At this moment in the field of English/language arts, I’m noticing an odd friction between two significant, growing movements that touch our work.
The first one, to me, is perhaps the most exciting thing going on in education right now, period: the bursting field of new literature written for children and young adults by an increasingly diverse field of authors. Wonderful titles are released almost daily—and maybe for the first time it doesn’t feel like a huge struggle to find books that represent the diversity of our students and the real world. While more work needs to be done to reach full representation and challenge stereotypes, the movement forward is undeniable. A great many educators are passionate about bringing diverse texts into our classrooms and disrupting traditional canons, and they’re spreading the word in their schools and on social media. In so doing, we are helping to create life-long readers who learn empathy and self-determination through powerful storytelling.
This literary boom is very much centered on books, especially novels, as a major format for reading. And when we think of the voracious young readers we know, books are generally what they like to read. While I’m all for including and honoring all mediums and genres for reading, I believe that the practice of reading actual books plays a key role in developing engaged readers.
On the other hand, in this same moment, there’s a second movement pushing for reading shorter texts, including articles, poems, and excerpts of novels, thus minimizing the use of whole books.
The recent trend toward short texts seems to have come from the Common Core State Standards and accompanying standardized tests. As Peter Greene explains in a Forbes Magazine article, Common Core Testing and the Fracturing of Literature, “Both the standards and the tests are focused on ‘skills,’ with the idea that the business of reading a play or a story or any piece of text is not for the value of that text, but for the reading skills that one acquires and practices in the reading.” This limited focus on skills overlooks so much of what literature offers young people. But my issue with excerpts goes beyond the skills versus content debate, which has been going on many decades.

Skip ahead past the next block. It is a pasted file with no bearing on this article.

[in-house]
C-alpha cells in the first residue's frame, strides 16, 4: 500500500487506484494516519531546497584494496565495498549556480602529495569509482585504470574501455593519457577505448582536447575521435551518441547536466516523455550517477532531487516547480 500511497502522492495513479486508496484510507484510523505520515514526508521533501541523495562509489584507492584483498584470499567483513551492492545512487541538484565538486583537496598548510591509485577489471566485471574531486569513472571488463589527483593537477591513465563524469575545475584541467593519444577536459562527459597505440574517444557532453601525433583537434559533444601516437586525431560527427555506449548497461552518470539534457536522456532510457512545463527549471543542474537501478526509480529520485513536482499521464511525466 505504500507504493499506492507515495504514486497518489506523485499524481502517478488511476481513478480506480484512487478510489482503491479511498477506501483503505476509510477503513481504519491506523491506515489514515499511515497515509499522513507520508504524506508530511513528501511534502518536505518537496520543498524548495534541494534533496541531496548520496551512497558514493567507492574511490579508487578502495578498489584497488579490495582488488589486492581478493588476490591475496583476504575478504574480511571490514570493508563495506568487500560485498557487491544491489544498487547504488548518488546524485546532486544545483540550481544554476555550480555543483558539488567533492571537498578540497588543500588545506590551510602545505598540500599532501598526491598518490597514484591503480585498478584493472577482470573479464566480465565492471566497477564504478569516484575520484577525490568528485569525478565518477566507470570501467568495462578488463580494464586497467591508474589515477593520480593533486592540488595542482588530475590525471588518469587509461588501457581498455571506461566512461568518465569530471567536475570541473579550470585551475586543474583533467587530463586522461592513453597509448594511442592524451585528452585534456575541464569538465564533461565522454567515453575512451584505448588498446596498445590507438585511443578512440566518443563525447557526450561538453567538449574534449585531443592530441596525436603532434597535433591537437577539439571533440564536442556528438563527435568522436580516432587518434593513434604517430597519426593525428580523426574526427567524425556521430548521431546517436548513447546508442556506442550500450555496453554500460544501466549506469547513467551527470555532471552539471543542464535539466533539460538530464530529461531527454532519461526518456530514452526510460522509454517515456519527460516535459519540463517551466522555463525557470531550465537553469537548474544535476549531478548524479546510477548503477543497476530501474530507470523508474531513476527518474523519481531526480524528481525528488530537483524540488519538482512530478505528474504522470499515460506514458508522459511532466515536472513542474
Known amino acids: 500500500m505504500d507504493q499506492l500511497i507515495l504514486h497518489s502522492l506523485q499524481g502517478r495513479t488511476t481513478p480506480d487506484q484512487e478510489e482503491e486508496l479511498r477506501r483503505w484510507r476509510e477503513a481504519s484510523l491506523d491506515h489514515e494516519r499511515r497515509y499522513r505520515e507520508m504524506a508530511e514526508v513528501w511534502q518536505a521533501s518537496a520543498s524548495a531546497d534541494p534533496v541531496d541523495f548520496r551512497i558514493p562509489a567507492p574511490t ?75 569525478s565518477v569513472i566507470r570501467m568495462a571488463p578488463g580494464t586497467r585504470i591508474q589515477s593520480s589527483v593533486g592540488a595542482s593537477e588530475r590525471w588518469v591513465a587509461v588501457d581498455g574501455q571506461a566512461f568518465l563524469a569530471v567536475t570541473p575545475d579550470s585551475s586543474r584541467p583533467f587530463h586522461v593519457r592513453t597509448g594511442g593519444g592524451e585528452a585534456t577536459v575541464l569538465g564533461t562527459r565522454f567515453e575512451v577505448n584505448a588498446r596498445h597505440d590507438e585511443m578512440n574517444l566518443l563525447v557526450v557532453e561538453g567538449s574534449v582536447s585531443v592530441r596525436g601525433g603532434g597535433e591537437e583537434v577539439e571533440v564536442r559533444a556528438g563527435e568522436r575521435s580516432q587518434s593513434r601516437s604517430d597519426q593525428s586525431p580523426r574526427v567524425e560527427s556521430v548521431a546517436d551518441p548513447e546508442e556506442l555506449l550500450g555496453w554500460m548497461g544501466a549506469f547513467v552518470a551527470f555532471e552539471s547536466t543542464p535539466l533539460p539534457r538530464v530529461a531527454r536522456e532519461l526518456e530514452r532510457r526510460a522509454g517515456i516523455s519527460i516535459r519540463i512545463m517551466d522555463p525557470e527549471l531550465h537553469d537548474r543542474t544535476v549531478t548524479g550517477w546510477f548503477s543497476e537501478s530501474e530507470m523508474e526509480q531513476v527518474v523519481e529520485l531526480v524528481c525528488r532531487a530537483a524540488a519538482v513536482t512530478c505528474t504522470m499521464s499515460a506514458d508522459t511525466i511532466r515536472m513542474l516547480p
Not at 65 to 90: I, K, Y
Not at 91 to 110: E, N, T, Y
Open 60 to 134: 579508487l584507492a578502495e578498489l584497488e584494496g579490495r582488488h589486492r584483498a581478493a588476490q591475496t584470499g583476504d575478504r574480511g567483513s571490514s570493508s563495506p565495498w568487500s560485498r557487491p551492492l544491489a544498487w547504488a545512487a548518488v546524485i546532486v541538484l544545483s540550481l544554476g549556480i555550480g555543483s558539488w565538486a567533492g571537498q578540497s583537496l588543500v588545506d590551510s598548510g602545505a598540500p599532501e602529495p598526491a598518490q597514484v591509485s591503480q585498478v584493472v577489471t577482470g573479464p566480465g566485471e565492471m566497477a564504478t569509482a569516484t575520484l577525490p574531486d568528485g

I question the choice to alter a novel’s form by excerpting it. This is partly on principle—the author didn’t intend for it to be read in bits. But more importantly, I believe reading excerpts puts students at a disadvantage in developing a love of reading and their skills in literary analysis.
The Whole Story Advantage
Literature is art. When we read a novel, we are reading an author’s artistic production, which was created intentionally in a specific form. The novel as a literary form asks readers to spend time living in a world and experiencing the story subjectively as it unfolds, detail by detail. Sure, the length can be prohibitive at times on a practical level; but fundamentally, the work of art begins at the beginning and ends at the end. Without the whole story, our experience is incomplete, and we really can’t know what the author is trying to convey with major gaps in our knowledge of the text.
I like to compare this to looking at a work of visual art—a painting, for example. Yes, we can study a corner of a painting, but we would almost never do so without first viewing the painting as a whole. Without seeing the whole, we miss out on the experience of the art as it was intended. And we are at a gross disadvantage in analyzing even the details we see in one corner, because we don’t know what purpose they serve in relation to the whole.
To complicate matters, when students are reading excerpts and missing the whole picture, there is almost always one person in the room who has the whole picture advantage: the teacher. Students learn to look to the teacher to point out what’s important, and teachers end up doing a lot of the analysis for the class.
This direct transfer of thinking from teacher to student is a useful option once in a while, but this does not provide students with the kind of reading experiences they need to be able to do the analysis themselves, which is the goal. And students can critically analyze literature if they have the tools and opportunity, and appropriate and meaningful texts with which to practice.